On St. Patrick’s Day everyone is Irish, if even just for a day. My grandmother’s maiden name was Cunningham, so I, too, am planting my flag on the auld sod for the occasion.
The welcoming Irish have included us all in this food and drink festival of their culture and heritage. It’s largely celebrated at the table with traditional Irish dishes along with the beer, ale, and whiskey that are so closely identified with Ireland.
Corned beef and cabbage is the usual menu for St. Paddy’s Day. Starting in early March, corned beef is featured in the supermarket ads. Just like turkey for Thanksgiving, it’s the default menu choice. In the heyday of British world domination, Ireland was the principal supplier of brined meat for the far-flung navy. Originally pork was the most often brined or corned meat, packed in barrels with a brine made with kernel sized “corns” of salt. Later beef became more popular for corning. For more on this topic, go to: http://franksfeast.com/from-the-hour-boiled-dinner-a-new-england-traditoin/.
The flagship beverage for St. Patrick’s day is Guinness Stout, a dark, dry, slightly bitter ale known for its rich foamy head. Guinness started brewing in 1759 and began making stout in the 1840s. One of the most successful international brands, it’s brewed around the world and available in more than 160 countries. Smithwick’s Irish Red Ale is another popular brand for St. Patrick’s celebrations. Not as dark as Guinness, with a reddish color and a rich head, it’s only brewed in Ireland.
Pubs are at the heart of Irish social life, gathering places in villages, towns and cities alike. Also called Public Houses, they are where people come together for conversation, sports, music and, of course, food and drink. Pubs are central to my image of Ireland, along with rolling green hillsides, medieval ruins and the Blarney Stone.
There are a few authentic Irish pubs in our area, great for a fun night out in any season, but even more appealing in March when they’re geared up for St. Patrick’s day hullabaloo. Personally, I would avoid going out on March 17th. The pubs, and most other bars too, will be overrun with exuberant and possibly rowdy celebrants getting in on the good times. Better to go some other time in March for a less frantic Irish moment.
The hospitality at O’Neill’s Pub in SoNo (oneillsono.com) is as authentic as the lilting accent of the O’Neill brothers. After training in Dublin and gaining experience in Fairfield County’s most notable Irish pubs, the O’Neills founded their pub in 1999. It has been a South Norwalk anchor as a destination for food, drink and authentic pub culture ever since. Irish holidays, music, dance and culture are all celebrated with enthusiasm year-round at O’Neills.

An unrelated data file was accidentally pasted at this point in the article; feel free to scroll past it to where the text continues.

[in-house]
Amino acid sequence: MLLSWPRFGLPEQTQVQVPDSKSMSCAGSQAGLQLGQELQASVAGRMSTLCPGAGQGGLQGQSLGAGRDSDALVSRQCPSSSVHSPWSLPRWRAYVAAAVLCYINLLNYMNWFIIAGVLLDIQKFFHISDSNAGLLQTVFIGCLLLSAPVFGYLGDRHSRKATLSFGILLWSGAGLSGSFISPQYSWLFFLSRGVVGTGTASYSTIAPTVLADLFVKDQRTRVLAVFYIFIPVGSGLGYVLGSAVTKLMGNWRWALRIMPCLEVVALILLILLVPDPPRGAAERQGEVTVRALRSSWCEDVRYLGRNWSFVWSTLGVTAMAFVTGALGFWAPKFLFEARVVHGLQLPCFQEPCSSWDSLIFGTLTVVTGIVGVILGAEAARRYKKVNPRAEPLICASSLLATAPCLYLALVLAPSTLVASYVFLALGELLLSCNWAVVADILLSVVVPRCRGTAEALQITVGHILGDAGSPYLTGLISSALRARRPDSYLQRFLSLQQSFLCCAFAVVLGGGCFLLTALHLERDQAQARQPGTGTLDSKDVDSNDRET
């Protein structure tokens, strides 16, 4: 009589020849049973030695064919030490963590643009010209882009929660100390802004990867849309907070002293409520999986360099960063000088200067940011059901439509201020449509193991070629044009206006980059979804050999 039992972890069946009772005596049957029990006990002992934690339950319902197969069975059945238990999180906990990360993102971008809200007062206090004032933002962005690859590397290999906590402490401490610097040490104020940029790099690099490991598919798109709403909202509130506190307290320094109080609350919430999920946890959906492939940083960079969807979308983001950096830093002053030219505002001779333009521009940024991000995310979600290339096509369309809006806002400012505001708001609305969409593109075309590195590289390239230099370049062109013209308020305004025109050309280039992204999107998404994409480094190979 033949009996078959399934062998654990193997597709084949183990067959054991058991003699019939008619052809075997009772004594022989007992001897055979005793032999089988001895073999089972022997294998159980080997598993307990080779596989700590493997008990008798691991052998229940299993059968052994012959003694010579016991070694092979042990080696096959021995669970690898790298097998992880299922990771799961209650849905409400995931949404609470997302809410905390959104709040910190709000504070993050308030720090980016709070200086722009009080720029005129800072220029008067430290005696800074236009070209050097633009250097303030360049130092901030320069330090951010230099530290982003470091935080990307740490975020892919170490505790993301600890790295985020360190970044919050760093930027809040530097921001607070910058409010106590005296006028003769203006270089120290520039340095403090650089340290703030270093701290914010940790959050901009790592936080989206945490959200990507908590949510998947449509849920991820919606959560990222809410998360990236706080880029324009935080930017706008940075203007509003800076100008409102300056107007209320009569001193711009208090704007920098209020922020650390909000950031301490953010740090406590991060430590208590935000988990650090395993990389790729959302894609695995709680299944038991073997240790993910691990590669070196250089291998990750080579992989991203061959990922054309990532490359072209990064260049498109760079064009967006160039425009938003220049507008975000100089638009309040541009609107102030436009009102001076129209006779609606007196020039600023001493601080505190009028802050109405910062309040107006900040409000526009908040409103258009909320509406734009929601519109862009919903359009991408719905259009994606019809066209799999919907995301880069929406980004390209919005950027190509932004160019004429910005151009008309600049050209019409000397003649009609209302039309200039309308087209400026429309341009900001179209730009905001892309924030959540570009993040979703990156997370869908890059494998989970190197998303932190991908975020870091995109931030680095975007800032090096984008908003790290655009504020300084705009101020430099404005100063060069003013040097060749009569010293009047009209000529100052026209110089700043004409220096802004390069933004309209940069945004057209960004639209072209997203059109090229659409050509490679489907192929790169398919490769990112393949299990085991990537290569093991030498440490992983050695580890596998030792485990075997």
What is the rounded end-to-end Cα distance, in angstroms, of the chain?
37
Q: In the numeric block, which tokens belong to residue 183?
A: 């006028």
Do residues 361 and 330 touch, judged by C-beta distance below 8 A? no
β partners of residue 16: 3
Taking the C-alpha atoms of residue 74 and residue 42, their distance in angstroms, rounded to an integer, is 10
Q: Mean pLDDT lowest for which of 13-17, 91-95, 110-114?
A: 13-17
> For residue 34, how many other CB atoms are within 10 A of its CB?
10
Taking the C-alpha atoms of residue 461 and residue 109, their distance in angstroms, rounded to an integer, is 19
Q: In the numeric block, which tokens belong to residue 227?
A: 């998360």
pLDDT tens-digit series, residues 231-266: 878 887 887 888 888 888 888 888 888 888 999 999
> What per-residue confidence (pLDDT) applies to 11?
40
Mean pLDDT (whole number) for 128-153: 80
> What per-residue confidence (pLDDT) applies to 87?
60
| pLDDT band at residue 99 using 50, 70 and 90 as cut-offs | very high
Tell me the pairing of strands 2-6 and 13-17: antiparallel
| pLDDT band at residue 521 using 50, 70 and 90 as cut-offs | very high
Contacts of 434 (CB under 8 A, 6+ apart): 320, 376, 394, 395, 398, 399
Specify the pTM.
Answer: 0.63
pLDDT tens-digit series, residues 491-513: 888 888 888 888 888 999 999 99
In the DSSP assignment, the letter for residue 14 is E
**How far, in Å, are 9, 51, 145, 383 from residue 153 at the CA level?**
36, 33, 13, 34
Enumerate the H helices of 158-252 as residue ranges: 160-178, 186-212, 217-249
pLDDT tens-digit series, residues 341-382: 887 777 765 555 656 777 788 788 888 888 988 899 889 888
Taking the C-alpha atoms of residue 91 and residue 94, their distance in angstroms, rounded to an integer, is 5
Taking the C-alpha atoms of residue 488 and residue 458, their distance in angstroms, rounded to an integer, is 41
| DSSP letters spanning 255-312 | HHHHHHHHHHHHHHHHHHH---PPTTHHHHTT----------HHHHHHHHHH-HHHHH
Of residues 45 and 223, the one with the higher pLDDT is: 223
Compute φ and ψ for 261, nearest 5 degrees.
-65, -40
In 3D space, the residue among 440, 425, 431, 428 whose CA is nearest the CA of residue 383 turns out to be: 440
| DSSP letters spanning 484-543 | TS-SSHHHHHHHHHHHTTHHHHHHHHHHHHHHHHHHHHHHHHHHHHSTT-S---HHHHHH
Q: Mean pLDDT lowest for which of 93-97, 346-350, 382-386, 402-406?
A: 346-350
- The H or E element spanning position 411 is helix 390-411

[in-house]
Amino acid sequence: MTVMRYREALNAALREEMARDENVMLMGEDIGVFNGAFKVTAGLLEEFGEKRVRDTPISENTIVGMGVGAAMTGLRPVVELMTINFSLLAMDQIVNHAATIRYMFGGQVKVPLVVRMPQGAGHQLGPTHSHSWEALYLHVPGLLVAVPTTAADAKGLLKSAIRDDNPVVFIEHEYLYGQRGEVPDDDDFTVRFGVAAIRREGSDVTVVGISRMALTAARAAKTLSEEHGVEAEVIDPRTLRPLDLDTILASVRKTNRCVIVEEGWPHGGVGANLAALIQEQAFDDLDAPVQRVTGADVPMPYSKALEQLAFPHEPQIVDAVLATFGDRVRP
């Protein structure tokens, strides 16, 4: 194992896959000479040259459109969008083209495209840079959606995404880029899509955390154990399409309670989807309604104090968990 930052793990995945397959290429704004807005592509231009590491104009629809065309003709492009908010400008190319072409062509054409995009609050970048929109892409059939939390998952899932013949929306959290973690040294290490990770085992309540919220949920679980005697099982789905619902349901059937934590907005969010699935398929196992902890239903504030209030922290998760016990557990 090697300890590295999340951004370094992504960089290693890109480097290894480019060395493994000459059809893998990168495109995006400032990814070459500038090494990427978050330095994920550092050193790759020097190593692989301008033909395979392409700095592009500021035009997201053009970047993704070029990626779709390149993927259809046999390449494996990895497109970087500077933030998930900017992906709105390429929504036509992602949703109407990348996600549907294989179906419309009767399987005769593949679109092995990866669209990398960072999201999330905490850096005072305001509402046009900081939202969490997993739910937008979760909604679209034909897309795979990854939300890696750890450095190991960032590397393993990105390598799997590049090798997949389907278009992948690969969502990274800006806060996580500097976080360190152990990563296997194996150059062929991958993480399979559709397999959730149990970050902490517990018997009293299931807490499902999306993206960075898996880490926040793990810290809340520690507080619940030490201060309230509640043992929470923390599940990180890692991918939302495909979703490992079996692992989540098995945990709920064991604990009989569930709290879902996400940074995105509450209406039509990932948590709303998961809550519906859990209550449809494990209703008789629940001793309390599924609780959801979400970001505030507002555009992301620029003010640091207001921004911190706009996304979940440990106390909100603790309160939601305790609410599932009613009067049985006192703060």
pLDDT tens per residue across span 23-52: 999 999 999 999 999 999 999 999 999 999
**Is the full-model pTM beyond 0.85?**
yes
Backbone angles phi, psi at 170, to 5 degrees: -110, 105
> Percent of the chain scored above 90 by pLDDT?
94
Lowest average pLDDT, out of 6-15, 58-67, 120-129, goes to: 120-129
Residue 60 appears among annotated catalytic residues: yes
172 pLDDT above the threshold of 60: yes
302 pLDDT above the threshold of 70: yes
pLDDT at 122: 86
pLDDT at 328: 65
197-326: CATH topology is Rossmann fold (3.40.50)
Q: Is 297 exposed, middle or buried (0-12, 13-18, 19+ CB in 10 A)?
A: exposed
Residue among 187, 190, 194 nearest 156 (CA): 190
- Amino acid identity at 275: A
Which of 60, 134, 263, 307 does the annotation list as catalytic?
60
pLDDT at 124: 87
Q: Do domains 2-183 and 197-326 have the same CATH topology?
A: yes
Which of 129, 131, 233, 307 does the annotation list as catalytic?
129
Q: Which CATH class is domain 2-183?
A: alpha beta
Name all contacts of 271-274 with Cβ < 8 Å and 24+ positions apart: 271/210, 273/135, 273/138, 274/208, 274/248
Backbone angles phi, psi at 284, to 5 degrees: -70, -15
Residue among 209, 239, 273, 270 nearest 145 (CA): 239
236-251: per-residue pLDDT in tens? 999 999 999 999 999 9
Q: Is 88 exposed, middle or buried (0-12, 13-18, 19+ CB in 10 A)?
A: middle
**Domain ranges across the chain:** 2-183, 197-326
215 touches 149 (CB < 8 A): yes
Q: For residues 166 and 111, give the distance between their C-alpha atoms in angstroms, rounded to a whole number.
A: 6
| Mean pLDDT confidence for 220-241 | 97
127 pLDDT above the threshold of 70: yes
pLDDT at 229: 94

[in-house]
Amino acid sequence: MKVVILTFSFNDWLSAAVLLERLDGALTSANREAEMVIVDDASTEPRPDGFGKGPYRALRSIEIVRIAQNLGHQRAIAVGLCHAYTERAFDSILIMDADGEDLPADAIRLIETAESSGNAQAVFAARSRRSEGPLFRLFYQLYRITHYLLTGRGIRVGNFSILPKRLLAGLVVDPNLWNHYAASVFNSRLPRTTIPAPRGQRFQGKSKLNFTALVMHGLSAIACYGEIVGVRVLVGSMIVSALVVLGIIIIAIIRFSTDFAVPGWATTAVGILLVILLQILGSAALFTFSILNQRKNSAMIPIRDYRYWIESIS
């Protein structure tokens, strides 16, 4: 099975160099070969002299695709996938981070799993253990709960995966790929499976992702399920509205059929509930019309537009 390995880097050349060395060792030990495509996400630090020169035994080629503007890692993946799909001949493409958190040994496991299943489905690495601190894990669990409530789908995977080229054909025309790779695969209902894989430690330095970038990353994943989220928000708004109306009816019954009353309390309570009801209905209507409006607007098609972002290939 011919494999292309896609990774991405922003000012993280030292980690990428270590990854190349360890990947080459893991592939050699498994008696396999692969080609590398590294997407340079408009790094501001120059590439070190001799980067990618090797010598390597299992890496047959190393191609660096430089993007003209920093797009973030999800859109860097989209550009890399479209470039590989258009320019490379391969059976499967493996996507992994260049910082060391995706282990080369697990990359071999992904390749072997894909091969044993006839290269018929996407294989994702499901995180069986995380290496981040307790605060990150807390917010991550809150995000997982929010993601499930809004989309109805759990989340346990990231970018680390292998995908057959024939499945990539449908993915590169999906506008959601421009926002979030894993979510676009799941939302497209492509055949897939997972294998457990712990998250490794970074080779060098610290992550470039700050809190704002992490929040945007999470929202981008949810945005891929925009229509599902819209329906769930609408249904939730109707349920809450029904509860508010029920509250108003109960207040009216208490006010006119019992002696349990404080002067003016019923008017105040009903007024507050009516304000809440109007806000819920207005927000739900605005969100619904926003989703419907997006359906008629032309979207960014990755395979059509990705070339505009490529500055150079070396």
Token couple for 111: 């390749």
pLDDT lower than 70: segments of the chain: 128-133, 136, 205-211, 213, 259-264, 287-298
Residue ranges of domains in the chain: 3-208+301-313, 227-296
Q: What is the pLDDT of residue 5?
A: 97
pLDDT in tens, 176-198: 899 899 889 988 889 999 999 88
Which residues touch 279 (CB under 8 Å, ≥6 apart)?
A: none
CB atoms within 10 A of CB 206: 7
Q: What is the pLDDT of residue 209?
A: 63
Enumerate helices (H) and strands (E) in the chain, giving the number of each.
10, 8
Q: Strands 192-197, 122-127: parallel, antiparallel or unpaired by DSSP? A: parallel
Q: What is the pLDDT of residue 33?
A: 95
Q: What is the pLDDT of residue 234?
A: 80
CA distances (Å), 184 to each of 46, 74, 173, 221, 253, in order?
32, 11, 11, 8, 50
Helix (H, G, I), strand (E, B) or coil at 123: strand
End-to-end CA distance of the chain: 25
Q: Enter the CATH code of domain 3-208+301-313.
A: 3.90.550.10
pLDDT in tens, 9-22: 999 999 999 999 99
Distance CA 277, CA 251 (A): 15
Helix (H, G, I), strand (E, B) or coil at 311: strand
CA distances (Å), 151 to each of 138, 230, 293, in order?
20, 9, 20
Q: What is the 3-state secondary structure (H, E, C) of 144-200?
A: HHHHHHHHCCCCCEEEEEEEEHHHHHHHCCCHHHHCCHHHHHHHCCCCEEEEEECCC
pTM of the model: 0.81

The menu always includes Irish stalwarts: Shepherd’s Pie, Fish and Chips, Corned Beef and Cabbage, Irish Chicken Curry, and the evocatively named Bangers and Mash. Of course, there are salads, burgers, nachos, and all the other things you’d expect if you’re not looking for a taste of Ireland. But in March, the Irish specialties draw my eye.
On a recent pre-St. Patrick’s visit, we went full-out on the old country menu. A Guinness and Smithwick’s got the evening started and were great with a generous plate of crunchy fried calamari. A basket of warm, currant studded, scones just about wiped out our appetites for dinner.
The Shepherd’s Pie was stunning in a cast iron skillet topped with a swirl of beautifully browned mashed potatoes. The pie, made with ground beef in a well-seasoned sauce speckled with vegetables, was piping hot and delicious. The substantial portion would have been enough for both of us after eating the scones, but I had already ordered the Corned Beef and Cabbage. Tender and flavorful, the corned beef was surrounded by mashed potatoes, cabbage, pureed squash, broccoli, and carrots. Plenty to eat here, too.
One of the O’Neill brothers was active in the dining room, moving from table to table, chatting with regular guests, and greeting new ones. The service staff was friendly, competent, and efficient. We felt like we were in Dublin.
Tigin in Stamford (tiginirishpub.com/stamford) is another authentic Irish Pub. Considerable effort was put into making it look as authentically Irish as possible. The tables, chairs, stools, bar and paneling are all just like they would be in Erin. Even the street facade transports you from Bedford Street in Stamford to Fleet Street in Dublin. The menu includes the Irish favorites Fish and Chips, Shepherd’s Pie, Irish Breakfast (eggs, Irish sausages, rashers, black and white pudding, mushrooms, tomatoes and Guinness & cheddar bread), Corned Beef and Cabbage, and Chicken and Shrimp Boxty – a traditional potato pancake popular in rural Ireland. There’s a full menu of upscale pub food, too.
Both pubs are happy to whip up an Irish Coffee with your favorite Irish whiskey and an ample dollop of whipped cream. I’m not sure if this is really found in Ireland, but it sure is good.
The food and drink of Ireland is just as ethnic as foods from more exotic locales, but it’s so well integrated into our culture that we don’t always think of it that way. Celebrate your genuine or imagined Irish heritage year round at a friendly pub, and meanwhile, Happy St. Patrick’s Day.